The science(y) bit

Carbon dioxide levels are rising at an unprecedented level. We need to do as much as we can to reduce the amount going into the atmosphere and absorb what is already there.

Scientific evidence for the warming of our climate is unequivocal. The industrial activities that our modern civilization depends upon have raised atmospheric carbon dioxide levels from 280 parts per million to 400 parts per million in the last 150 years.

Spekboom is the Afrikaans name of Portulacaria afra. We love the name Spekboom, so we decided to use it for the project. It is native to the Eastern Cape of South Africa, but it will be very happy indoors in the UK! 

Recent research has shown Spekboom to be an excellent 'carbon sponge' as it has the ability to sequestrate (absorb) free carbon from the atmosphere which is used to make plant tissue. Carbon is one of the major greenhouse gases which are responsible for the warming of the earth's atmosphere. Currently, humans are producing atmospheric carbon faster than the environment can absorb it, causing a deficit which remains in the atmosphere and causes heat from the sun to be trapped instead of being radiated back out into space. Spekboom has the unique ability to absorb more carbon from the atmosphere than most other plants and it does so particularly efficiently.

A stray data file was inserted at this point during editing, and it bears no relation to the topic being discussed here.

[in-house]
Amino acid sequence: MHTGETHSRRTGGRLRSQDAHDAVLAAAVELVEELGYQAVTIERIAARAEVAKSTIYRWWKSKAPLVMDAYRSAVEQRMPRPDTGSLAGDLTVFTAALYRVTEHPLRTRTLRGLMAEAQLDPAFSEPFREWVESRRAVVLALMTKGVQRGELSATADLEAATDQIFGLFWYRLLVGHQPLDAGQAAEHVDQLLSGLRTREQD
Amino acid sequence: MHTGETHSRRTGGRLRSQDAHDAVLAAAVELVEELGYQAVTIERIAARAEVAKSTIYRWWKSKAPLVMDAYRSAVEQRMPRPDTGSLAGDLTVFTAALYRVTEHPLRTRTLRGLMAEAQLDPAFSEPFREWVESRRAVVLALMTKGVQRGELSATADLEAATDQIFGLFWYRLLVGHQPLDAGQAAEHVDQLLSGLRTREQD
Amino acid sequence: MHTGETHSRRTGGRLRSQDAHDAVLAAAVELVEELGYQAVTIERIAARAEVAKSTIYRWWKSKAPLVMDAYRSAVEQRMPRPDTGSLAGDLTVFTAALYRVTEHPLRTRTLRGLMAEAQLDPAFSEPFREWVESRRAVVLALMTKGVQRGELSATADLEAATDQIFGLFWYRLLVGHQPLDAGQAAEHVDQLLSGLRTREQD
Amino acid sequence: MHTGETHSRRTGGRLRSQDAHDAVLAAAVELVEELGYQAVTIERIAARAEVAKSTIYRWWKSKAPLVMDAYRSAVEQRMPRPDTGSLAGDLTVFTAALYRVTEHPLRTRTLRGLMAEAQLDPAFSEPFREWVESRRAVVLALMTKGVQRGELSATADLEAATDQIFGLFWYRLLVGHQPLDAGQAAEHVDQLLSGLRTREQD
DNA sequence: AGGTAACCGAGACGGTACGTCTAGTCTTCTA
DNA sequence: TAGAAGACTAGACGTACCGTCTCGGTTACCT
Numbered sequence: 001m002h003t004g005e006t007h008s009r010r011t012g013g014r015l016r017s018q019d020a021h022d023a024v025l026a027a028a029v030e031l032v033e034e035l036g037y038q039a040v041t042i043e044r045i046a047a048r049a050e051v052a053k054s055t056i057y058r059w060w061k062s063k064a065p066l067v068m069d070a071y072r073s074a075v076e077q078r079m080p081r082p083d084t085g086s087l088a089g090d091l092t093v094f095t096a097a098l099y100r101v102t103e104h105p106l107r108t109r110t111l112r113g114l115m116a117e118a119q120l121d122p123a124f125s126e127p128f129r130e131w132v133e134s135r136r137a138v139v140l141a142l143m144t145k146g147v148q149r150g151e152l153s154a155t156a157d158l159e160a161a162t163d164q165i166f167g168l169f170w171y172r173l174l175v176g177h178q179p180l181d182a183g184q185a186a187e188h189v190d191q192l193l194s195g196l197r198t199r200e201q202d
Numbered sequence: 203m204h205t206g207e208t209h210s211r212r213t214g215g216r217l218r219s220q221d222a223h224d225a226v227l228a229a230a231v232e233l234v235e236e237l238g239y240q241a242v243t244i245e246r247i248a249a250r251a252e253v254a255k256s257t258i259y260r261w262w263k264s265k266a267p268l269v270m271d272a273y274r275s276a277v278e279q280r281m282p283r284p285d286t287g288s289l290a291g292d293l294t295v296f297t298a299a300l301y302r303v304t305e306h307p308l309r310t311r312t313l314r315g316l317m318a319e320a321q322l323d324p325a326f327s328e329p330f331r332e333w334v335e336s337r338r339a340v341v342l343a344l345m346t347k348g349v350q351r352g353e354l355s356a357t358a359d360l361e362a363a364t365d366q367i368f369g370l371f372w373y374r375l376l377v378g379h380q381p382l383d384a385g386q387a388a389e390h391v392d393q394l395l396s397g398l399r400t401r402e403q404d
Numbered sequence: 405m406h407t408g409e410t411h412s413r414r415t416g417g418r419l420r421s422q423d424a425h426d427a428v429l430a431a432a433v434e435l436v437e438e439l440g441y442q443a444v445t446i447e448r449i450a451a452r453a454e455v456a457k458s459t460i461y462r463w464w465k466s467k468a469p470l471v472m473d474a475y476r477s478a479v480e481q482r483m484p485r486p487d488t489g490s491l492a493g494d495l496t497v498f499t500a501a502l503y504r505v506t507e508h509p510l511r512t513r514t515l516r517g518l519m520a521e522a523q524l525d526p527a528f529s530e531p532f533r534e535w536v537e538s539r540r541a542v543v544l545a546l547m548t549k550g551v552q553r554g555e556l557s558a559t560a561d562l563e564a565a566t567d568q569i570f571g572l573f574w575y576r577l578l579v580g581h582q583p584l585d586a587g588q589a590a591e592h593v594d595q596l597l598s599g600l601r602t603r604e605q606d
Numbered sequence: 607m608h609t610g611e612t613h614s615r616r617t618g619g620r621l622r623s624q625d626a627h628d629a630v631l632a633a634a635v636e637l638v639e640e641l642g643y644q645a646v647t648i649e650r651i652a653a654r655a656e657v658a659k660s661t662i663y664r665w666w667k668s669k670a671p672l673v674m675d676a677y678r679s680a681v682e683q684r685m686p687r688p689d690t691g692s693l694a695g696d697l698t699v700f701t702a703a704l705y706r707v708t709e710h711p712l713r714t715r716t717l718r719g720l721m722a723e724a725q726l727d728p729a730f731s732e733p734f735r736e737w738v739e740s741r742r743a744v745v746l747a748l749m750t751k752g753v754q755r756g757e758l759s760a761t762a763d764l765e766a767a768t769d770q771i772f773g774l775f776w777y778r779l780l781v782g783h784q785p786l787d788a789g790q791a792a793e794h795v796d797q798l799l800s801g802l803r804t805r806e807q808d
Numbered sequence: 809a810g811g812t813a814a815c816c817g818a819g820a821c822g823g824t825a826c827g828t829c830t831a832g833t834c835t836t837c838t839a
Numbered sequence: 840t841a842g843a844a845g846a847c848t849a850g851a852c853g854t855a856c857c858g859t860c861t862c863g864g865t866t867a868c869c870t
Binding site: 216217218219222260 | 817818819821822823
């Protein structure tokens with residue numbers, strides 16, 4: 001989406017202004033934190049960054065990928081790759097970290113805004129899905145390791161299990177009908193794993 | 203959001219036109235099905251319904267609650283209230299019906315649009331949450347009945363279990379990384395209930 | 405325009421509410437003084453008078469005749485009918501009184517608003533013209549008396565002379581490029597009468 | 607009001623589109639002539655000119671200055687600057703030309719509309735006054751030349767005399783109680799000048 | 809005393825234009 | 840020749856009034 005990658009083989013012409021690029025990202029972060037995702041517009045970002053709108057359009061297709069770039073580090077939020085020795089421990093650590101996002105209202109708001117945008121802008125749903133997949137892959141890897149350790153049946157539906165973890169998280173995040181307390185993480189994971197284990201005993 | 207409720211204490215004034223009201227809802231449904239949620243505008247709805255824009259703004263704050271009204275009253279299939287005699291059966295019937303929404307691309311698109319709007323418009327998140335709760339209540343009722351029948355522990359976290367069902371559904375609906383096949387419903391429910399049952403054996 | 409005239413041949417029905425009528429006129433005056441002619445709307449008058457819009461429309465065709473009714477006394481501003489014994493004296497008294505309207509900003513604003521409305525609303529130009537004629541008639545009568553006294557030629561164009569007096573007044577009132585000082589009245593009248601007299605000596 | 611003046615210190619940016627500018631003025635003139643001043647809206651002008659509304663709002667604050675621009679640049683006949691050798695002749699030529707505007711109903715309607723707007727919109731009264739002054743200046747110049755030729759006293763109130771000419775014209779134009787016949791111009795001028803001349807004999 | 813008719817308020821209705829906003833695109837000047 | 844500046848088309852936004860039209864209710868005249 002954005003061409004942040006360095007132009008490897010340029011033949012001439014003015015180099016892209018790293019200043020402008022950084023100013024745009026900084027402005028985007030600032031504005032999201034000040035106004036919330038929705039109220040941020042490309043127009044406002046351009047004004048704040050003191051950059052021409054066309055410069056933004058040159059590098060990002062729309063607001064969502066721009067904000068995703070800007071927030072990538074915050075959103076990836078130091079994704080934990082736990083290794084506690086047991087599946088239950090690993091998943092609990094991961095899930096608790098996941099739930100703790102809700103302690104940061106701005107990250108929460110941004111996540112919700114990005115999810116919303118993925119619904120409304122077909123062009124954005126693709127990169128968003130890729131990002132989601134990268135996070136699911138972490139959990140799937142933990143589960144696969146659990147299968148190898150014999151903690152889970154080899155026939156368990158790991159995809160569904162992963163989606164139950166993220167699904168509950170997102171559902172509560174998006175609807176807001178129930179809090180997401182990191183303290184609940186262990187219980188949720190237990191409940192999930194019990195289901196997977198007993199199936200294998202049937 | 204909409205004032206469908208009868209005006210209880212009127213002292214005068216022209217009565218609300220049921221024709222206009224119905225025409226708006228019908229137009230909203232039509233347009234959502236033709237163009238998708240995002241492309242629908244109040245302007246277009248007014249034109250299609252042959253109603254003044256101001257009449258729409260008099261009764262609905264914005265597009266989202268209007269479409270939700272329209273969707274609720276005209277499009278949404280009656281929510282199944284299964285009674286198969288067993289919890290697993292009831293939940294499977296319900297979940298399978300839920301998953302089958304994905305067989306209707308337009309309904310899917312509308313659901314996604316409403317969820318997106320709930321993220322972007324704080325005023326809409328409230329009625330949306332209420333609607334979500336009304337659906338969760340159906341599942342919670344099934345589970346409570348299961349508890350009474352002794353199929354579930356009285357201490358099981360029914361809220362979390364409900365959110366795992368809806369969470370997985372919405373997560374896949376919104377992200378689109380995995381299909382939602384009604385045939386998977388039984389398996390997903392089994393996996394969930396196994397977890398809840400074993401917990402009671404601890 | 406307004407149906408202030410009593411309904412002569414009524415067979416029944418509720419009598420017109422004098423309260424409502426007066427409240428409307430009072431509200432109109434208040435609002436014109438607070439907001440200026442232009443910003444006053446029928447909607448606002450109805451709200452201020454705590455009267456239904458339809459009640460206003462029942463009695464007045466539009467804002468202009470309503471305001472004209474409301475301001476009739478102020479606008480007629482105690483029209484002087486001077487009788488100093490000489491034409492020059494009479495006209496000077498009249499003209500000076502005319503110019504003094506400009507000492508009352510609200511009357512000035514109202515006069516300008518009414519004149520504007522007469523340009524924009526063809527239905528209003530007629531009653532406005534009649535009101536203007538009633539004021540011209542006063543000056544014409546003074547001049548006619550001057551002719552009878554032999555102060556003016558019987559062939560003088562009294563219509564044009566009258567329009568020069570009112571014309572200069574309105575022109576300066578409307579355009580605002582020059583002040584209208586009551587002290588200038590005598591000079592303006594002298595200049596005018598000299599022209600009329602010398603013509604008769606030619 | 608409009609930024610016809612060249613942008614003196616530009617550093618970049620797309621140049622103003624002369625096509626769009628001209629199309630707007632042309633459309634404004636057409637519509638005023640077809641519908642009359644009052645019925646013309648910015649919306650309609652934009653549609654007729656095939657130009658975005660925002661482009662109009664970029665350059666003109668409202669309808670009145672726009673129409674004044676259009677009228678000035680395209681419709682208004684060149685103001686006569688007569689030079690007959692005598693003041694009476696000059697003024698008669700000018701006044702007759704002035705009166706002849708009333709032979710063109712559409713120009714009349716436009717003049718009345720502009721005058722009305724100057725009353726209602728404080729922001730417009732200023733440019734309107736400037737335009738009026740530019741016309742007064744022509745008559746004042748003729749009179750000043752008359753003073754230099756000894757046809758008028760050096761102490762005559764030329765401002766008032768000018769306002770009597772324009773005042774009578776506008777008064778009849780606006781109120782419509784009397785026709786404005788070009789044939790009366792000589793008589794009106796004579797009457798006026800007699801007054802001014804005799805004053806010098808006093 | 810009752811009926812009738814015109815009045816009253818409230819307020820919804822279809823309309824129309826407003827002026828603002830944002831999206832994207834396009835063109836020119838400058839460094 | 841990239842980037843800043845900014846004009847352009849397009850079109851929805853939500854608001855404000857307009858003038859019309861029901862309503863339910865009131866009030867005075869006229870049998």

How does Spekboom manage this? Spekboom has the ability to make use of two different photosynthetic methods, when conditions are favourable it manufactures its food to sustain growth by using the same method that most other plants use. However, when conditions are not favourable and other plants have to shut down, Spekboom can switch to a different method called CAM (Crassulacean Acid Metabolism) whereby it can continue to grow and slurp up huge amounts of carbon. 


Plainly speaking, this remarkable plant is so unique in that it stores solar energy during the day so it can absorb Co2 even at night!


Please keep in touch with the project!
Spekboom logo white-09.png
  • Facebook
  • Instagram - White Circle